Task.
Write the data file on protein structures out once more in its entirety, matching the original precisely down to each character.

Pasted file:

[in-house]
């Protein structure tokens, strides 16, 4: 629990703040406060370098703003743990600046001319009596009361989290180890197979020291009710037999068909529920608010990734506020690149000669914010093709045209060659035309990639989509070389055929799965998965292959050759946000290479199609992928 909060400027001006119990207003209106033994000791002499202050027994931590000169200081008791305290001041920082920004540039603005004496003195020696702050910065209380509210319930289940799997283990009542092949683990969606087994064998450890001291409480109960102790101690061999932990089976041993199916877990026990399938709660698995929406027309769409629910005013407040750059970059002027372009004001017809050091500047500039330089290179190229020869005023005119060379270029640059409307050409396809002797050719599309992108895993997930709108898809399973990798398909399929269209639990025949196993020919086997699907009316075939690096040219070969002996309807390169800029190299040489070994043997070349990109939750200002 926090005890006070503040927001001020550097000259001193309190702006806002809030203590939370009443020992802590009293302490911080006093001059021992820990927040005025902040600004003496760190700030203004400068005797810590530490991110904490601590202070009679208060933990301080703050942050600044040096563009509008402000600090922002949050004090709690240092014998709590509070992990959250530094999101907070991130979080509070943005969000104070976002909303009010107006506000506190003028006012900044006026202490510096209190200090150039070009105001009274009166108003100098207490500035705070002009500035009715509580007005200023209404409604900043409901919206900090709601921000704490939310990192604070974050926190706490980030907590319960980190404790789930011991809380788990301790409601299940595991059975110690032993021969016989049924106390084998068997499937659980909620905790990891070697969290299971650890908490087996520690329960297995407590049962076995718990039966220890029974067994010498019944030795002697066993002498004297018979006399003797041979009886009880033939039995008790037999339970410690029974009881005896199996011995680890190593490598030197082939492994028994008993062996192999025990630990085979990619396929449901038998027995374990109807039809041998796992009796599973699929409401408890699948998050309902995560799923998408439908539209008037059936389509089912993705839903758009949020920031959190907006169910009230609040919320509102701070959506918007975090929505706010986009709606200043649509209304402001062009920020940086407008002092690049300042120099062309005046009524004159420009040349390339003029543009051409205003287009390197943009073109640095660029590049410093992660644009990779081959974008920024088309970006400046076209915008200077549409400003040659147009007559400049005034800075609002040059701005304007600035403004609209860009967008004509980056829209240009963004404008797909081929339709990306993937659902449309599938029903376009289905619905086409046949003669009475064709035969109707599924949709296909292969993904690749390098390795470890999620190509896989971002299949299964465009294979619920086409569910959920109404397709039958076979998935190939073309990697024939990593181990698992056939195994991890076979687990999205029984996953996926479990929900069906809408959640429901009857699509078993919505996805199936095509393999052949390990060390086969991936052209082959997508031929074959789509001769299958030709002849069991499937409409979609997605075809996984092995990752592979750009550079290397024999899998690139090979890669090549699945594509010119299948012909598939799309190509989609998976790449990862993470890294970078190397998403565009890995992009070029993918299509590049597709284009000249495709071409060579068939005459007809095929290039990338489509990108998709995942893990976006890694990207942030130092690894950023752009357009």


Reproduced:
[in-house]
């Protein structure tokens, strides 16, 4: 629990703040406060370098703003743990600046001319009596009361989290180890197979020291009710037999068909529920608010990734506020690149000669914010093709045209060659035309990639989509070389055929799965998965292959050759946000290479199609992928 909060400027001006119990207003209106033994000791002499202050027994931590000169200081008791305290001041920082920004540039603005004496003195020696702050910065209380509210319930289940799997283990009542092949683990969606087994064998450890001291409480109960102790101690061999932990089976041993199916877990026990399938709660698995929406027309769409629910005013407040750059970059002027372009004001017809050091500047500039330089290179190229020869005023005119060379270029640059409307050409396809002797050719599309992108895993997930709108898809399973990798398909399929269209639990025949196993020919086997699907009316075939690096040219070969002996309807390169800029190299040489070994043997070349990109939750200002 926090005890006070503040927001001020550097000259001193309190702006806002809030203590939370009443020992802590009293302490911080006093001059021992820990927040005025902040600004003496760190700030203004400068005797810590530490991110904490601590202070009679208060933990301080703050942050600044040096563009509008402000600090922002949050004090709690240092014998709590509070992990959250530094999101907070991130979080509070943005969000104070976002909303009010107006506000506190003028006012900044006026202490510096209190200090150039070009105001009274009166108003100098207490500035705070002009500035009715509580007005200023209404409604900043409901919206900090709601921000704490939310990192604070974050926190706490980030907590319960980190404790789930011991809380788990301790409601299940595991059975110690032993021969016989049924106390084998068997499937659980909620905790990891070697969290299971650890908490087996520690329960297995407590049962076995718990039966220890029974067994010498019944030795002697066993002498004297018979006399003797041979009886009880033939039995008790037999339970410690029974009881005896199996011995680890190593490598030197082939492994028994008993062996192999025990630990085979990619396929449901038998027995374990109807039809041998796992009796599973699929409401408890699948998050309902995560799923998408439908539209008037059936389509089912993705839903758009949020920031959190907006169910009230609040919320509102701070959506918007975090929505706010986009709606200043649509209304402001062009920020940086407008002092690049300042120099062309005046009524004159420009040349390339003029543009051409205003287009390197943009073109640095660029590049410093992660644009990779081959974008920024088309970006400046076209915008200077549409400003040659147009007559400049005034800075609002040059701005304007600035403004609209860009967008004509980056829209240009963004404008797909081929339709990306993937659902449309599938029903376009289905619905086409046949003669009475064709035969109707599924949709296909292969993904690749390098390795470890999620190509896989971002299949299964465009294979619920086409569910959920109404397709039958076979998935190939073309990697024939990593181990698992056939195994991890076979687990999205029984996953996926479990929900069906809408959640429901009857699509078993919505996805199936095509393999052949390990060390086969991936052209082959997508031929074959789509001769299958030709002849069991499937409409979609997605075809996984092995990752592979750009550079290397024999899998690139090979890669090549699945594509010119299948012909598939799309190509989609998976790449990862993470890294970078190397998403565009890995992009070029993918299509590049597709284009000249495709071409060579068939005459007809095929290039990338489509990108998709995942893990976006890694990207942030130092690894950023752009357009």